Madeline’s Madeline: Hold On, by Josh Long
Madeline’s Madeline is a film that defies easy categorization. Brainchild of indie darling Josephine Decker, the film is a rolling, unsettled narrative that keeps you on the edge of your seat with emotional tension. It’s about theatre, mental illness, family, identity – individually, then all at once, then not at all. Much like its title character, it never stops moving, and as such is hard to pin down. But through all the sturm und drang, it’s worth the ride.
Madeline (Helena Howard) loves her new theatre company. They’ve taken her in like a family, seemingly like no one ever has before. The company’s love and support contrasts with that of her actual family. The contrast is especially stark between director Evangeline (Molly Parker) and Madeline’s mother Regina (Miranda July). It’s clear that Regina deals with mental illness, but we soon learn that Madeline herself was recently released from a psychiatric hospital. In fact, Madeline’s own illness may be the very thing Evangeline wants to explore in her company’s new play. Is she being taken advantage of, or is this a useful outlet for her?
Decker skillfully places us squarely inside Madeline’s headspace. From the earliest frames of the film we feel movement, rapid change, disassociation – it’s impossible for us to hold on to anything, to slow down, to stand at a distance and make any kind of judgments. This is Madeline’s existence. She has very little stability in her life, and her mental instability jumbles things up, jumps from moment to moment, possibly making it difficult to distinguish dreams from reality. But it never feels as if we’re watching a crazy person. Decker eschews the stereotypical “trippy” mental illness and dives into the reality of the abstraction that might be the experience for someone with a serious personality disorder.
The themes are writ large throughout the film. At moments they hit hard. When Madeline begins to suspect that Evangeline is using her mental state and situation as “inspiration,” she fires back by leading the other actors in a scene to highlight Evangeline’s own insecurities about her pregnancy. Similarly, when Madeline suspects Evangeline wants to draw her mother into the play somehow, she stages a cruel imitation of her mother that thrills her “theatre mother,” while driving her actual mother crying from the building. Also a recurrent theme is that of escaping identity, in not only the way Madeline can dive into a new character, but the way that she develops a new “family” for herself in the theatre company.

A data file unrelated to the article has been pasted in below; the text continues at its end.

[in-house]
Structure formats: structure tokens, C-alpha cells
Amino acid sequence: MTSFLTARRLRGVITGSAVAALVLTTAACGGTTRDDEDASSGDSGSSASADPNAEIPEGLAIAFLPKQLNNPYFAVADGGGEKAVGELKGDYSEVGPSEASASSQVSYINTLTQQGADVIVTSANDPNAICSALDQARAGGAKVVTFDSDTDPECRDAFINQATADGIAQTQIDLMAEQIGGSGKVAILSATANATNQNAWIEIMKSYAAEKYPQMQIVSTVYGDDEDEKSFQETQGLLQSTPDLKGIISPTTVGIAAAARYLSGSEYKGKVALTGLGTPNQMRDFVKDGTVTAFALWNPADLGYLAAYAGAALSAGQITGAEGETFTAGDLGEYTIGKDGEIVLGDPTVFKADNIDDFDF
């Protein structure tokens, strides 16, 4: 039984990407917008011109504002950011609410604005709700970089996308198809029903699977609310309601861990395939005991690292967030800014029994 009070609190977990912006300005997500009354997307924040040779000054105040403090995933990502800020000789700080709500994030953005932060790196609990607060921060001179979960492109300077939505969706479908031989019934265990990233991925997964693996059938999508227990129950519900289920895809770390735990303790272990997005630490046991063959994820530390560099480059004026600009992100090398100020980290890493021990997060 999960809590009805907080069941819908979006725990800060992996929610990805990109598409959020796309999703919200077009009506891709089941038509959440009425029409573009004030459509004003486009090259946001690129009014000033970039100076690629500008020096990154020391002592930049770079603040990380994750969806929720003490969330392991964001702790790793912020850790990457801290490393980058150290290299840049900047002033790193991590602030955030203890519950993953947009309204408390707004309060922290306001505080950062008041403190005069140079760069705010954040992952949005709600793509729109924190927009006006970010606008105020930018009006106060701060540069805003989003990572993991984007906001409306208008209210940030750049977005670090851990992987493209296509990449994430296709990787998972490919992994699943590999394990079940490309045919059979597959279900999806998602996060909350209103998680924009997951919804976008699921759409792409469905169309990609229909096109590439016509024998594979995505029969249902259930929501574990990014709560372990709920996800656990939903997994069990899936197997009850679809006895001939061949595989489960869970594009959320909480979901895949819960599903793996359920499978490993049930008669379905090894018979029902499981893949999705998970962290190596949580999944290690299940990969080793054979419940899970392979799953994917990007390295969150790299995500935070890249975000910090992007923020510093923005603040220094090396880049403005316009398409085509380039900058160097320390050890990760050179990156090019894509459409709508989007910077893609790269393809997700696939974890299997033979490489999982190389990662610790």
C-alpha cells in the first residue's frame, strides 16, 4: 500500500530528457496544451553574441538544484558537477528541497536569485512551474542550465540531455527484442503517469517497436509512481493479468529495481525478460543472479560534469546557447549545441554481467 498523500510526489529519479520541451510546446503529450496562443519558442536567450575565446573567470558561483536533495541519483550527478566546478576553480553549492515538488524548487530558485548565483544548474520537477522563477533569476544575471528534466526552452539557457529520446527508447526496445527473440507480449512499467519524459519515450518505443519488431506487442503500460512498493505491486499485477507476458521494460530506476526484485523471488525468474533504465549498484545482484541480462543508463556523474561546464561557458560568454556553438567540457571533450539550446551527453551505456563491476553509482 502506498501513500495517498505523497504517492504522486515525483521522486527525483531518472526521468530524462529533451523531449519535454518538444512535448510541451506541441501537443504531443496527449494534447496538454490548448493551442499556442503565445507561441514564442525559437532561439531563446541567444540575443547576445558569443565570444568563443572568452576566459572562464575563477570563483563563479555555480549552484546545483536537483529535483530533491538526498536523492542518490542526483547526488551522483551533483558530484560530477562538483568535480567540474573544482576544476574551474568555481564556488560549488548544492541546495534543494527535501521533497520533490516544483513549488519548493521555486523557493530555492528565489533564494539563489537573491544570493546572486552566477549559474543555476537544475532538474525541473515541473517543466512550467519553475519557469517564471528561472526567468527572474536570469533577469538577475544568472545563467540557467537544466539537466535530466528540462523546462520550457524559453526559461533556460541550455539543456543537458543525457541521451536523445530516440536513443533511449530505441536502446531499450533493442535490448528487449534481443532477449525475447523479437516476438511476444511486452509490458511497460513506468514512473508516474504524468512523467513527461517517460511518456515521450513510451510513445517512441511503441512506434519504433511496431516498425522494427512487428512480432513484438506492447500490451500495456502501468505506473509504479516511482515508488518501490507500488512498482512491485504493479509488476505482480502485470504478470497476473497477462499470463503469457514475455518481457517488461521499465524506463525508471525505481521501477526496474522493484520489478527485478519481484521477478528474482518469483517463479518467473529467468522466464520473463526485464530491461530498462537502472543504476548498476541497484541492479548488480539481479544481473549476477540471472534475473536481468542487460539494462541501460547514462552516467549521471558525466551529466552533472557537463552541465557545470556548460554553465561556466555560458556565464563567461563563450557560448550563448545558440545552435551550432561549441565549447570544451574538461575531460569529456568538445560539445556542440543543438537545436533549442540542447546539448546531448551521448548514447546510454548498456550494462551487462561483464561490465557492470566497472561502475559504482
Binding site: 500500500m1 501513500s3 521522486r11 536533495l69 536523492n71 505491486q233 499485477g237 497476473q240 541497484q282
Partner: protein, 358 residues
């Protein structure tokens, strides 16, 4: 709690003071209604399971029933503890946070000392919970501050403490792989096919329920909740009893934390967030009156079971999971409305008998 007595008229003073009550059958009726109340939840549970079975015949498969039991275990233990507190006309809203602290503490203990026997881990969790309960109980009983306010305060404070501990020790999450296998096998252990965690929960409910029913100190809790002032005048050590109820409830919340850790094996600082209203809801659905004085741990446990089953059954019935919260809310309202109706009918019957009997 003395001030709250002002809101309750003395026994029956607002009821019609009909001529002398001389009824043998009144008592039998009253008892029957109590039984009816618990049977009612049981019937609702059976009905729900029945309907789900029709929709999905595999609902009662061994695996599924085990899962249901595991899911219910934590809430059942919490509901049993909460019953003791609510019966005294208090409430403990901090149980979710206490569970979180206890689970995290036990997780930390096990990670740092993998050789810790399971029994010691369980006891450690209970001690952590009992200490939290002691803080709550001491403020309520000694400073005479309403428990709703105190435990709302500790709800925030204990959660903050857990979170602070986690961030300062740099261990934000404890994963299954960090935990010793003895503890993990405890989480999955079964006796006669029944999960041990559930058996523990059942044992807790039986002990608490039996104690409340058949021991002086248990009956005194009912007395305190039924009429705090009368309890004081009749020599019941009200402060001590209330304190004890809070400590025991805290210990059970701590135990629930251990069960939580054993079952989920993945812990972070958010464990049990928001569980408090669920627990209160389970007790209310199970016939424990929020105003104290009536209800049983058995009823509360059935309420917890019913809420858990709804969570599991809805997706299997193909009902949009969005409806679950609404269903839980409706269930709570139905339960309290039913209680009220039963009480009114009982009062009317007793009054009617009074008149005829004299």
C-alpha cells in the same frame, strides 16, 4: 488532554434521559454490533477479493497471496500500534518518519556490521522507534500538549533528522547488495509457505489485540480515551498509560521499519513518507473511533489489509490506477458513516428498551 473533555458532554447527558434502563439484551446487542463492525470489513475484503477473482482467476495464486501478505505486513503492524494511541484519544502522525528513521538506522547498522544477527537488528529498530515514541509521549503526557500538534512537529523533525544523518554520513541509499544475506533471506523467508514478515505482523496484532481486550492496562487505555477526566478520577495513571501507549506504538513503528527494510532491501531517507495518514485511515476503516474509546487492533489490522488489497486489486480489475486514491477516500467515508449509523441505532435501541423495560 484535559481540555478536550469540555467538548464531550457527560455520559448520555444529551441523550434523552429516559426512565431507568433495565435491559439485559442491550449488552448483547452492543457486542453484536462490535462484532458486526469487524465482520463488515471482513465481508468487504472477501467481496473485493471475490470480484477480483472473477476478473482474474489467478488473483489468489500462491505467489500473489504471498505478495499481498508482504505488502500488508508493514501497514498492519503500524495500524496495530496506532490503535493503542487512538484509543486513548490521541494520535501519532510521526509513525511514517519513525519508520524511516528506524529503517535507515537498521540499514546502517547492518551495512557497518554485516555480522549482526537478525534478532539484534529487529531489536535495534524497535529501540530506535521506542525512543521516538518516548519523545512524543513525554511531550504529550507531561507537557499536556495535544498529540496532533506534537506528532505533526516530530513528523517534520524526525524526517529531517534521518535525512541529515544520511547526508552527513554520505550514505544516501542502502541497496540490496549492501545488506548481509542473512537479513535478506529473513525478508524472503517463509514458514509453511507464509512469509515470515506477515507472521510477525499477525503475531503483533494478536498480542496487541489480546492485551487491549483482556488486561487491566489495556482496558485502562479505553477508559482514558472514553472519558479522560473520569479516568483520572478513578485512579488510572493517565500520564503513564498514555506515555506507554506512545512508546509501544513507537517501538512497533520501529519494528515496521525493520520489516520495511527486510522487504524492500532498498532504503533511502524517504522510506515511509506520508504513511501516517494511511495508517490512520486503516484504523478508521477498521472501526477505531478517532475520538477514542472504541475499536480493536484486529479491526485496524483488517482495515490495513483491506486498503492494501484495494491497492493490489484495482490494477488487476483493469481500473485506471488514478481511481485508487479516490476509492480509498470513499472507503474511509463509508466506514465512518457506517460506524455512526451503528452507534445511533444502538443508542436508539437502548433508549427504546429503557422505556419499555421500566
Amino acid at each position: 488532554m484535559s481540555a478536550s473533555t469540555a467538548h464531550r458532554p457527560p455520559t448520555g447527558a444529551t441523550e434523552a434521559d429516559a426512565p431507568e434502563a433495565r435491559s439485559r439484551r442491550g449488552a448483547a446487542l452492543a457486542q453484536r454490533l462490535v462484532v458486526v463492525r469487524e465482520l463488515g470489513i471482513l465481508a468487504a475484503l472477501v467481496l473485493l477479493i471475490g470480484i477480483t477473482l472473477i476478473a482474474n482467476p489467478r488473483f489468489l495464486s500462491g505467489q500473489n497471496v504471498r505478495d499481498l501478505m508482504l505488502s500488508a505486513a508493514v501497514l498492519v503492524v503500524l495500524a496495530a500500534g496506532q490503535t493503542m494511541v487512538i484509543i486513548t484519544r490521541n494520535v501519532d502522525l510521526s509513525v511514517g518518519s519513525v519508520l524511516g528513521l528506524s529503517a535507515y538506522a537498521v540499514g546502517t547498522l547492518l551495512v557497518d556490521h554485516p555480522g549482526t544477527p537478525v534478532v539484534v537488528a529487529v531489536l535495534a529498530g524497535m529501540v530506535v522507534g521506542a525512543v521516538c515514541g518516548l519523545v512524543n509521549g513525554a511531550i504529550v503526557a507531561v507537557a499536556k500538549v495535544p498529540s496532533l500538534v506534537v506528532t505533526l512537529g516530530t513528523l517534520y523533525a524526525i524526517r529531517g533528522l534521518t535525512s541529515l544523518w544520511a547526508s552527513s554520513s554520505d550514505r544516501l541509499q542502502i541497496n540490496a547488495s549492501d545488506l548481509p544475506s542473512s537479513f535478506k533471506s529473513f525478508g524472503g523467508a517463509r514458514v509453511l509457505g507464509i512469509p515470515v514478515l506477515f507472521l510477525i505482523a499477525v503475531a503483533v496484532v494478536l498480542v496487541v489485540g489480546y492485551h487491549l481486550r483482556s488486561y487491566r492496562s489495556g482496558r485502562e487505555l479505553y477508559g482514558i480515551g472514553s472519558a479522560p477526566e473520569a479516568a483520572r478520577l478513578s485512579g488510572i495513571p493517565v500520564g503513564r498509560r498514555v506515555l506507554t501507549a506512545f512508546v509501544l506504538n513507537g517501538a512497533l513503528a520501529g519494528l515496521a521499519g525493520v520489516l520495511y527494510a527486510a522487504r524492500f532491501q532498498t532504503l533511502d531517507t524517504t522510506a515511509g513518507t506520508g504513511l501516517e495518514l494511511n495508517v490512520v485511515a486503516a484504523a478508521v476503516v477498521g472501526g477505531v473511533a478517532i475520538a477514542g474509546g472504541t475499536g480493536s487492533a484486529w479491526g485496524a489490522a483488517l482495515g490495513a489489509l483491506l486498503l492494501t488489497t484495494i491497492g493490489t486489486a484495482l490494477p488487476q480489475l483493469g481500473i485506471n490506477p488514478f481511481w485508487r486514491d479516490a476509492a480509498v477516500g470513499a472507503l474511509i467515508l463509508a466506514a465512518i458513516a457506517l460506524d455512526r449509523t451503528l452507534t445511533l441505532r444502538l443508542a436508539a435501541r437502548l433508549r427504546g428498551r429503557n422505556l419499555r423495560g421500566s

The result of this avalanche of ideas is that it seems to find it difficult to communicate anything definitive. The film’s story was workshopped (much in the way that Evangeline workshops a story with her actors), and it often has the scattershot inkling that there isn’t one unifying voice. The ending especially seems like it may have fallen prey to a “too many cooks in the kitchen” situation. This isn’t to diminish the exploration of ideas – experimental theatre rarely “works” completely, but in the experiment, there’s a great deal that can be very moving and insightful.
Performances are great all around. Newcomer Helena Howard is vibrant, passionate, a joy to watch. The sense is ever present that she fully “gets” this character, has done the work on portraying personality disorders, and handles Madeline’s manic shifts beautifully. She brings both innocence and guile to the character, paradoxical qualities that are clearly both necessary. Miranda July plays Regina’s cruelty and frailty in perfect symbiosis. We can understand why her relationship with Madeline is so strained, and we want her to act differently, primarily because we feel empathy for her, and the relationship with her daughter that she’s losing out on. And Molly Parker is the perfect foil to Regina. She’s got everything together, she swoops in to be Madeline’s emotional support, but clearly doesn’t really know what she wants. She feels like she’s doing the right thing by bringing life to Madeline’s story, but maybe hasn’t stopped to think about whether she’s coopting a life not her own to manufacture emotion. Which brings in a whole other question of art’s responsibility.
Steeped in the ideas of theatre, identity, and flawed personalities, Madeline’s Madeline dances through the moments of one young, troubled girl’s life. While some of these Big Ideas may not fully crystallize, there’s plenty of insight in the journey.